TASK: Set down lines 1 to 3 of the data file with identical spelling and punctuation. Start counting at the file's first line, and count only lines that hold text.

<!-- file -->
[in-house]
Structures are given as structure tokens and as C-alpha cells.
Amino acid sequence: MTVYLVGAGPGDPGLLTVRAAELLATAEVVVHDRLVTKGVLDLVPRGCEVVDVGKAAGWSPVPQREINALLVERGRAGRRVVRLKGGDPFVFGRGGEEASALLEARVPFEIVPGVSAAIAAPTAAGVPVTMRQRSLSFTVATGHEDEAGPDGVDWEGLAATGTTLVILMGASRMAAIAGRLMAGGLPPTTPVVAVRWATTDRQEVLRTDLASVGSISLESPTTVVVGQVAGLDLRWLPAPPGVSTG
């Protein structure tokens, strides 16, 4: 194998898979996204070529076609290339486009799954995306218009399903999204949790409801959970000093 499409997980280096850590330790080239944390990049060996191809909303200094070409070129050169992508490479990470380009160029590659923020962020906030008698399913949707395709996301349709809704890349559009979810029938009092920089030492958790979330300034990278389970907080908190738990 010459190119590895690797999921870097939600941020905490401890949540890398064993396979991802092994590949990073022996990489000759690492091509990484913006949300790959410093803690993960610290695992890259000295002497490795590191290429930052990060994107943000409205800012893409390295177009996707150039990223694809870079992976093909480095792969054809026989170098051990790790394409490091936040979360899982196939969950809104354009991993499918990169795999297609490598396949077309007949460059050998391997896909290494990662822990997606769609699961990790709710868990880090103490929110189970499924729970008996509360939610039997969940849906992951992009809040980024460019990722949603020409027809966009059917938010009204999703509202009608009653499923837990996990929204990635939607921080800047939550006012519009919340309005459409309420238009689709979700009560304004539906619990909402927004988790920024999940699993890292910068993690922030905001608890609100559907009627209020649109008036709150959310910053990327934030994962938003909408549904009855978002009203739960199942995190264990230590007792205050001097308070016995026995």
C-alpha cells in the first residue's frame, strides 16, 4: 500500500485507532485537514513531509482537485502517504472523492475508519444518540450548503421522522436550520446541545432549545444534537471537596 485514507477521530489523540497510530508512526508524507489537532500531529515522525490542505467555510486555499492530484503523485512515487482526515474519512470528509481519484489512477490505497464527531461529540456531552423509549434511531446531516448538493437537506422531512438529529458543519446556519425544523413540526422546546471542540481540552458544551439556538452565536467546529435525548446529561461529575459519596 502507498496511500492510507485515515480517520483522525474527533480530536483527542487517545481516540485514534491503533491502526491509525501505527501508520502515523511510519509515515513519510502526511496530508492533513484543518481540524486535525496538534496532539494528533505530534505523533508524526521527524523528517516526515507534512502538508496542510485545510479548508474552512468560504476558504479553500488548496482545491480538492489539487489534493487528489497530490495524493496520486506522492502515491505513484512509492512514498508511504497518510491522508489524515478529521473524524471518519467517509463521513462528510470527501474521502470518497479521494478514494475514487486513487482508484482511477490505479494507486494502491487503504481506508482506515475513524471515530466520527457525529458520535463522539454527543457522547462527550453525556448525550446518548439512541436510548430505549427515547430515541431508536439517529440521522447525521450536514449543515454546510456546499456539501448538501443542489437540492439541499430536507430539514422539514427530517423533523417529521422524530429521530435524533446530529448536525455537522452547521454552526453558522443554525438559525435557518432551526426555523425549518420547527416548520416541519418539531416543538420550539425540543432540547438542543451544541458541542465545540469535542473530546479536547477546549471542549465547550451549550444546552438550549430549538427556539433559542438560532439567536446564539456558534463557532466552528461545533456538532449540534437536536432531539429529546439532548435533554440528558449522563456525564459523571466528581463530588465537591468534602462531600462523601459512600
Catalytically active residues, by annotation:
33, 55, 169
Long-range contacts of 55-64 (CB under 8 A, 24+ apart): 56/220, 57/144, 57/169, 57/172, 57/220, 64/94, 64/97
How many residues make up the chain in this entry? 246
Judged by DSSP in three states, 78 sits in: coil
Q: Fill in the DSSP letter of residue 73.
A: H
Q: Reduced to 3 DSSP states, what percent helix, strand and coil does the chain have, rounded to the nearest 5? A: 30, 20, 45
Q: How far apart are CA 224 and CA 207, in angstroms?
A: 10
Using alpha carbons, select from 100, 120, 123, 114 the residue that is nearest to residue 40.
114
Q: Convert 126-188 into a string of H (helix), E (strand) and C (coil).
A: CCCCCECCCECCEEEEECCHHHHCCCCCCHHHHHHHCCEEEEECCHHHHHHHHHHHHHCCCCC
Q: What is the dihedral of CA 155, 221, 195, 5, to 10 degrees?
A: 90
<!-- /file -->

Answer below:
[in-house]
Structures are given as structure tokens and as C-alpha cells.
Amino acid sequence: MTVYLVGAGPGDPGLLTVRAAELLATAEVVVHDRLVTKGVLDLVPRGCEVVDVGKAAGWSPVPQREINALLVERGRAGRRVVRLKGGDPFVFGRGGEEASALLEARVPFEIVPGVSAAIAAPTAAGVPVTMRQRSLSFTVATGHEDEAGPDGVDWEGLAATGTTLVILMGASRMAAIAGRLMAGGLPPTTPVVAVRWATTDRQEVLRTDLASVGSISLESPTTVVVGQVAGLDLRWLPAPPGVSTG